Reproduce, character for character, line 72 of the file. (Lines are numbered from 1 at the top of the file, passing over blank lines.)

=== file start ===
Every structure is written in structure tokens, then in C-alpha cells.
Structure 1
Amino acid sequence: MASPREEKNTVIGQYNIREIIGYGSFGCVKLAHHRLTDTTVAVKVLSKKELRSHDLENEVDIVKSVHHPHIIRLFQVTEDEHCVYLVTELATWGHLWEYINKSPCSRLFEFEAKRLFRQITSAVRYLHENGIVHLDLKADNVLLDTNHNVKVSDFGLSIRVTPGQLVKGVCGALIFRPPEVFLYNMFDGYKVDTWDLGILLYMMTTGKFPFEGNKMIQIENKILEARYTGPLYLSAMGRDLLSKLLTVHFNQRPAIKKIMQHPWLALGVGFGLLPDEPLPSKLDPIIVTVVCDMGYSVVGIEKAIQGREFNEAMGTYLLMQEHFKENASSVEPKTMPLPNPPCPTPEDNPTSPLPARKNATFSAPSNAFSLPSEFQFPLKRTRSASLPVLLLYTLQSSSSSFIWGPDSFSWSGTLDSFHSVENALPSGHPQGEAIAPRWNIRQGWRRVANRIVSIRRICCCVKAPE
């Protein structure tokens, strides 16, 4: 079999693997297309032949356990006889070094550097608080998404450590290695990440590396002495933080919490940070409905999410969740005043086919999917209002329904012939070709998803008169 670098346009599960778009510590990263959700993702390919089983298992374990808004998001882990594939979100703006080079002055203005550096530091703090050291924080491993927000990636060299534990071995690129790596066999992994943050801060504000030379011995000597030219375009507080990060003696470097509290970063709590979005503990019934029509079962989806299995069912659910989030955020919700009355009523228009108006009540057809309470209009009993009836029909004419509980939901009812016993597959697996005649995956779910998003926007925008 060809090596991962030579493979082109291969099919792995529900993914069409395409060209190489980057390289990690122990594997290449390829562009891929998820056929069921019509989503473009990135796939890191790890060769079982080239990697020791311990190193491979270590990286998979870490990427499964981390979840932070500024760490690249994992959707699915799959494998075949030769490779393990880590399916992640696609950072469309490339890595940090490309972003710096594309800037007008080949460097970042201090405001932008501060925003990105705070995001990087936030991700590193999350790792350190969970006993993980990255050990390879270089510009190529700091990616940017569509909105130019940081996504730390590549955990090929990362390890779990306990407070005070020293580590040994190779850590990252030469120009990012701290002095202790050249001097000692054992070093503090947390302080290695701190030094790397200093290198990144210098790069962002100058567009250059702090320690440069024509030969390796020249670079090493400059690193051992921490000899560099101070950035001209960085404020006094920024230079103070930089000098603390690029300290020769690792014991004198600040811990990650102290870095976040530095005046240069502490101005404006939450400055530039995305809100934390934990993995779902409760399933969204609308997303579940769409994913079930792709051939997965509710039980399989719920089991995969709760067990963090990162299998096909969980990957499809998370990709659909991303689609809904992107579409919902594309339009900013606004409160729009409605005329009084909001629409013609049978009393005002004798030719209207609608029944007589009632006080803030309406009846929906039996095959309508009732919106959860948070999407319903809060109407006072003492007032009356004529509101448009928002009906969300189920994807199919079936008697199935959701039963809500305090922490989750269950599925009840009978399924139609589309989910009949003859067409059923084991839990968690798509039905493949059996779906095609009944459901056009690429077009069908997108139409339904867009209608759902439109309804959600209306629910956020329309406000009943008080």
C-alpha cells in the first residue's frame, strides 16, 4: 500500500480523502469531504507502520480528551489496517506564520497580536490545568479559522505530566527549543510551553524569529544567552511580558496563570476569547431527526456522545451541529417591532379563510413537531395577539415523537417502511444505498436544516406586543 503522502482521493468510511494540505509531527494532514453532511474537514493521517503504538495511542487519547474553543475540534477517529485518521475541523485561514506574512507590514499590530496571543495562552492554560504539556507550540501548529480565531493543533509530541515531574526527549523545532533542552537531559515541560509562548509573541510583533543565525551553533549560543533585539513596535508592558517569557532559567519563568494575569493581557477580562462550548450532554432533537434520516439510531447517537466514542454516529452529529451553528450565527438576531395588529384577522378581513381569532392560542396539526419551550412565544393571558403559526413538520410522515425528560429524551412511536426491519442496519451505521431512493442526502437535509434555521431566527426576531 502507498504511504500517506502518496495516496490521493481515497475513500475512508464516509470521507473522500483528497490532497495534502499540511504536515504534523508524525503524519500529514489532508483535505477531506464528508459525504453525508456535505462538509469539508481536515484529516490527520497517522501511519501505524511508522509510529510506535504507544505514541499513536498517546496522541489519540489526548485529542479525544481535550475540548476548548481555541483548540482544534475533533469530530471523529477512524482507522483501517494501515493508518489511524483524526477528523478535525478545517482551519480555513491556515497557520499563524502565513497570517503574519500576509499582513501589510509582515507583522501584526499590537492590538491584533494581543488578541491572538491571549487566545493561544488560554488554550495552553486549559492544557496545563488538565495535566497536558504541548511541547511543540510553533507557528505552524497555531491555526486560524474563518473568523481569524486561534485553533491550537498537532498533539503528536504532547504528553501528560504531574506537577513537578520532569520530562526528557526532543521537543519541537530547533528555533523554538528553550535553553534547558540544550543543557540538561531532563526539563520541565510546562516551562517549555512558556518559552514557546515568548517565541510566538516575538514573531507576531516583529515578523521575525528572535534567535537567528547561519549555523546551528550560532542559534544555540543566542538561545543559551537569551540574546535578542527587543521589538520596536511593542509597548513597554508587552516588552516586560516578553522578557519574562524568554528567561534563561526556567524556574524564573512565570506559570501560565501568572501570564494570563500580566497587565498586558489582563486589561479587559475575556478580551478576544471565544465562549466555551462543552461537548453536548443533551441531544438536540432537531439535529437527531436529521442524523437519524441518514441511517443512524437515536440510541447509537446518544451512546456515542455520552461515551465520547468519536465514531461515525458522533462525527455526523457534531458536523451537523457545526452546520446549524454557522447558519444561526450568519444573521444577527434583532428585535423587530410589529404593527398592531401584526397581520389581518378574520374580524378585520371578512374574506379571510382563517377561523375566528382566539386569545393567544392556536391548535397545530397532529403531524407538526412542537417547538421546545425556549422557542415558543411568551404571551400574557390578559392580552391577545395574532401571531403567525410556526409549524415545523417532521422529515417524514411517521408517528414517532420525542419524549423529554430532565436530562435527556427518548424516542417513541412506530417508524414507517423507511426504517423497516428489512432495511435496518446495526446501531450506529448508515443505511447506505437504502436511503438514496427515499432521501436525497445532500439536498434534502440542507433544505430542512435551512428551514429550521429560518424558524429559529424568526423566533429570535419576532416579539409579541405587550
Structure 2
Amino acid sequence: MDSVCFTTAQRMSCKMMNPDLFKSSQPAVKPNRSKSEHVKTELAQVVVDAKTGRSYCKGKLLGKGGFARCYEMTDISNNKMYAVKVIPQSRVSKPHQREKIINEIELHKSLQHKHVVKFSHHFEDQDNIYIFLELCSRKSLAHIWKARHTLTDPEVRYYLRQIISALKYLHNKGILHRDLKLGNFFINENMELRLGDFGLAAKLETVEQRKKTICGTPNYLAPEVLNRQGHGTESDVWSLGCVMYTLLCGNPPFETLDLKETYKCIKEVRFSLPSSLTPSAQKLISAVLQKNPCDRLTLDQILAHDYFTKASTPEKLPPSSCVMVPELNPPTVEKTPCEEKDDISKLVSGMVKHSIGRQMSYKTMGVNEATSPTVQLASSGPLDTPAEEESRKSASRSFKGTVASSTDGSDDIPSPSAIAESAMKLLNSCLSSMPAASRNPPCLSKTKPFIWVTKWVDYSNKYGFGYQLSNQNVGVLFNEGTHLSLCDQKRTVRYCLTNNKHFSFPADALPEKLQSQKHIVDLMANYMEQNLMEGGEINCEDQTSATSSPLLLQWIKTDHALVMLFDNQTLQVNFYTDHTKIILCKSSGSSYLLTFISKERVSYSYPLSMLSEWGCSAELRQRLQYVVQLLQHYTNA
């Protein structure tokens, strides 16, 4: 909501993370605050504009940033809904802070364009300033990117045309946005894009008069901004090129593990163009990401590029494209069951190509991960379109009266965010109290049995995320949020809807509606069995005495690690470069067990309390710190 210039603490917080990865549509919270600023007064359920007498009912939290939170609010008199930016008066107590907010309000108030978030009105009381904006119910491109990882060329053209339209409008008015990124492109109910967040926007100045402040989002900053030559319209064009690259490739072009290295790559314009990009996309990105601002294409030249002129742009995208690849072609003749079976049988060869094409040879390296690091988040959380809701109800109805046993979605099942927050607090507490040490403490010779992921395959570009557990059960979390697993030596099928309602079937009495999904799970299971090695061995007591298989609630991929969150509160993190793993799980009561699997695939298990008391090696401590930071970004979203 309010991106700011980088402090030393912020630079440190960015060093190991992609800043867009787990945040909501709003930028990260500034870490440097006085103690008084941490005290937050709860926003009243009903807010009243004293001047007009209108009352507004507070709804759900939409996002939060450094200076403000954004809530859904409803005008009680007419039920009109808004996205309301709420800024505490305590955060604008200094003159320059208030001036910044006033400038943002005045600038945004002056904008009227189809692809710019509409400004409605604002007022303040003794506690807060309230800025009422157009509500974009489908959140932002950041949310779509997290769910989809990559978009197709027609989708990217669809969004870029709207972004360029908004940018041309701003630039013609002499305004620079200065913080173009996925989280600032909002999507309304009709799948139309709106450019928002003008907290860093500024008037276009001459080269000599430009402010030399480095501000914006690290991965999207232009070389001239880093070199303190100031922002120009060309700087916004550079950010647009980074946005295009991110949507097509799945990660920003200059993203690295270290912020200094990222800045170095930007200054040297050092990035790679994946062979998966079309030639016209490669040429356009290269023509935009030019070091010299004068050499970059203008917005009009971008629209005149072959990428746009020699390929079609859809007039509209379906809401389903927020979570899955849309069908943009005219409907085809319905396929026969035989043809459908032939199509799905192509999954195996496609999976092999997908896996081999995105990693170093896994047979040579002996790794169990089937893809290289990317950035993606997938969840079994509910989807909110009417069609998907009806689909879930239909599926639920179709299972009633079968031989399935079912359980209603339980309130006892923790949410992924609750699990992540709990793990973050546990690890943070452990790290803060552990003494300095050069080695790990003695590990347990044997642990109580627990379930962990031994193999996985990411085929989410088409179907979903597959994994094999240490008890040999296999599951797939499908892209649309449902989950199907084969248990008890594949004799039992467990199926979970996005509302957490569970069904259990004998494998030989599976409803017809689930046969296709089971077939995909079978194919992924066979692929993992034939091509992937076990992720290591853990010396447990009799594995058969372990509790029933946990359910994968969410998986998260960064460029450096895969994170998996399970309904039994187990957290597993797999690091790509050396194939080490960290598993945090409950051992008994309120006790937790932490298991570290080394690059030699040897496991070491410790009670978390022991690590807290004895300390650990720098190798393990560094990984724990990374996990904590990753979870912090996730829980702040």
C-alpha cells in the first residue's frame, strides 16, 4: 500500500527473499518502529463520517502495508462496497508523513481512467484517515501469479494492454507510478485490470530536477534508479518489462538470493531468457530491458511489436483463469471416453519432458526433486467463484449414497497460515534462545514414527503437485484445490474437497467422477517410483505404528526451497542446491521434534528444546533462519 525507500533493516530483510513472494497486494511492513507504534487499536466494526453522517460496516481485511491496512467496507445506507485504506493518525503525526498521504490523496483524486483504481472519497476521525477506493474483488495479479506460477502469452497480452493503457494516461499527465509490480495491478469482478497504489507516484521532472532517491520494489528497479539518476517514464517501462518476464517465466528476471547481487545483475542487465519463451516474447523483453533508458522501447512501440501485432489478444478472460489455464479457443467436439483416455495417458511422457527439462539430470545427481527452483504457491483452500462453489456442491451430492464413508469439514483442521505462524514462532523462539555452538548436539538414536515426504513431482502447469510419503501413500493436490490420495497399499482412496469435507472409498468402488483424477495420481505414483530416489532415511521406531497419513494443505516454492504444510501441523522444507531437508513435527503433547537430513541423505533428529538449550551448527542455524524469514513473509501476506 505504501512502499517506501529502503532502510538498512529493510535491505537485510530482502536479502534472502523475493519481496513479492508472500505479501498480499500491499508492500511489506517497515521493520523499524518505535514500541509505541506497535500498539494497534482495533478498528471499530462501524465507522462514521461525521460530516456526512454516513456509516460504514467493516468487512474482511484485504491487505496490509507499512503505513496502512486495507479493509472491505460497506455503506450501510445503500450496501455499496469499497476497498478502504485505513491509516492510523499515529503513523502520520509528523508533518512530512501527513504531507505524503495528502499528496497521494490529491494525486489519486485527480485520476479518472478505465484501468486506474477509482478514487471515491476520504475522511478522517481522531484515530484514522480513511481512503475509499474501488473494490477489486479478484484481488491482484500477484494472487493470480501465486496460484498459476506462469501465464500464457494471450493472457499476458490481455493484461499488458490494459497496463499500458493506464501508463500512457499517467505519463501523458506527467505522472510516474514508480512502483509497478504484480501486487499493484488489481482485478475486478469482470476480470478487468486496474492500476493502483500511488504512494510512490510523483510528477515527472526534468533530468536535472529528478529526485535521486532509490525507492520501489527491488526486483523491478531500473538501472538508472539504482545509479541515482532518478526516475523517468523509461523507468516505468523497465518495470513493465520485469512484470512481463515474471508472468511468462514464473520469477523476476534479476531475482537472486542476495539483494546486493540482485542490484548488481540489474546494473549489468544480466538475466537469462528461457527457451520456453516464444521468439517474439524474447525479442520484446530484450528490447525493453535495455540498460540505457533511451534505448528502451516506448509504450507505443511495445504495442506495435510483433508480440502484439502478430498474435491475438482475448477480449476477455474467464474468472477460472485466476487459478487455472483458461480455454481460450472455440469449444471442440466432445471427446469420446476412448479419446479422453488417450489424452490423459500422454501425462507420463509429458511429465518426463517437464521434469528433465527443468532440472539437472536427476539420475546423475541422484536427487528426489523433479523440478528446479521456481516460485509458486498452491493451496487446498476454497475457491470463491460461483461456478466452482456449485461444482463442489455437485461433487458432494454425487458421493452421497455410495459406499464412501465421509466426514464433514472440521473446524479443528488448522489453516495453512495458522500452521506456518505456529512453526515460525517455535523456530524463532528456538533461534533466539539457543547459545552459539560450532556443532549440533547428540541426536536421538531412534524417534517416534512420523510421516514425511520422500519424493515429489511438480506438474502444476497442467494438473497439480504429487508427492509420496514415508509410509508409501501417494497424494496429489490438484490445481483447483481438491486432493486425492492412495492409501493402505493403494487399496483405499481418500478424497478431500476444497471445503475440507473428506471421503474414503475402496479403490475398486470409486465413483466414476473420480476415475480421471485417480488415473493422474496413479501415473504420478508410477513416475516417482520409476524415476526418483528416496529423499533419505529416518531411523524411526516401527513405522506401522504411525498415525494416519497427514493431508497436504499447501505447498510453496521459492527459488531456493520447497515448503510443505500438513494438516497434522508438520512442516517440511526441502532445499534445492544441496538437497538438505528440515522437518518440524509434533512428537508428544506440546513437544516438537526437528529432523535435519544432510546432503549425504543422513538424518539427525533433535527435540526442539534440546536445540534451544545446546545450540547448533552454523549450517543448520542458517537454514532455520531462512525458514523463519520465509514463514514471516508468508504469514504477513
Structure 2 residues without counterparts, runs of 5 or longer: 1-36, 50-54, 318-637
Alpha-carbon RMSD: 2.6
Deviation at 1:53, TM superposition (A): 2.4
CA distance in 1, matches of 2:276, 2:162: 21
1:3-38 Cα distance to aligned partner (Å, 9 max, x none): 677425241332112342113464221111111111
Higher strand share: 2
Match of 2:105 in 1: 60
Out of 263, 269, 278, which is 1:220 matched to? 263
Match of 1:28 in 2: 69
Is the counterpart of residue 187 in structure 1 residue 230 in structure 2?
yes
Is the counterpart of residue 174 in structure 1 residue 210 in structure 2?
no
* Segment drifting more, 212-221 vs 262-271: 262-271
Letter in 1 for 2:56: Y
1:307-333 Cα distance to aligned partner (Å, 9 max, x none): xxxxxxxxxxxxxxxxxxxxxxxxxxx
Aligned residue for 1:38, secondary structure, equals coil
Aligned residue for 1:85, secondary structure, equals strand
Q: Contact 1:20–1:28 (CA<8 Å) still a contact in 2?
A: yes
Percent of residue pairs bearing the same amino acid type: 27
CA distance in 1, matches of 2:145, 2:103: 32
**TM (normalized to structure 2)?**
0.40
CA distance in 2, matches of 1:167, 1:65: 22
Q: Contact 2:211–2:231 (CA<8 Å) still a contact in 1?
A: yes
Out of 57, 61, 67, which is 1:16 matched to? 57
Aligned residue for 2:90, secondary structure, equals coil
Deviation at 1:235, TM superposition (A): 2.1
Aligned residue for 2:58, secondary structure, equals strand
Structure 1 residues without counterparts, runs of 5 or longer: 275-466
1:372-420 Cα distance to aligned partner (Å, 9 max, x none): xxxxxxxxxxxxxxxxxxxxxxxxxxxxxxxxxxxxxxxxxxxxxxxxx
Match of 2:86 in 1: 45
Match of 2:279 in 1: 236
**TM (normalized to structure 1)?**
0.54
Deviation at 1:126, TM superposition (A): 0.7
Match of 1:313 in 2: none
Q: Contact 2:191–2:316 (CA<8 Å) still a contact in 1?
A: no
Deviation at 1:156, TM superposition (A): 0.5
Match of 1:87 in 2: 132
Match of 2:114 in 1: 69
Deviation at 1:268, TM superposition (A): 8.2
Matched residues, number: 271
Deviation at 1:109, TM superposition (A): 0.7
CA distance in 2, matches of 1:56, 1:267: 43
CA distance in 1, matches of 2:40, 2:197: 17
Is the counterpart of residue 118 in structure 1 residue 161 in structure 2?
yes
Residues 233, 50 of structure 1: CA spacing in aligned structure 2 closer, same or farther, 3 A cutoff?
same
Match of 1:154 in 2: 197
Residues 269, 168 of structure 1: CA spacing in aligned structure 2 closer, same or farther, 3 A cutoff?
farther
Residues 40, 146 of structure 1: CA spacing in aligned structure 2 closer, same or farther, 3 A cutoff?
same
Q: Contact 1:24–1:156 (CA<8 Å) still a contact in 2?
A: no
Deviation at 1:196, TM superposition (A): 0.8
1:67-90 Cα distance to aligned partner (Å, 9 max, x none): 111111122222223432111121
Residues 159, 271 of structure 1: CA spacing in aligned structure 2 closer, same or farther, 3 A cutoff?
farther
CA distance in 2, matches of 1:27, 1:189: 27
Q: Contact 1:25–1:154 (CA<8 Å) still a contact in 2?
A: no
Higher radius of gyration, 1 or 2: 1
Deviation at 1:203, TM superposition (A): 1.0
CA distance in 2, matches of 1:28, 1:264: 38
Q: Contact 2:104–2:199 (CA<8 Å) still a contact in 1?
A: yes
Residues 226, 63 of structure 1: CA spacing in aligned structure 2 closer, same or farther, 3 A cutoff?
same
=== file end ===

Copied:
Residues 159, 271 of structure 1: CA spacing in aligned structure 2 closer, same or farther, 3 A cutoff?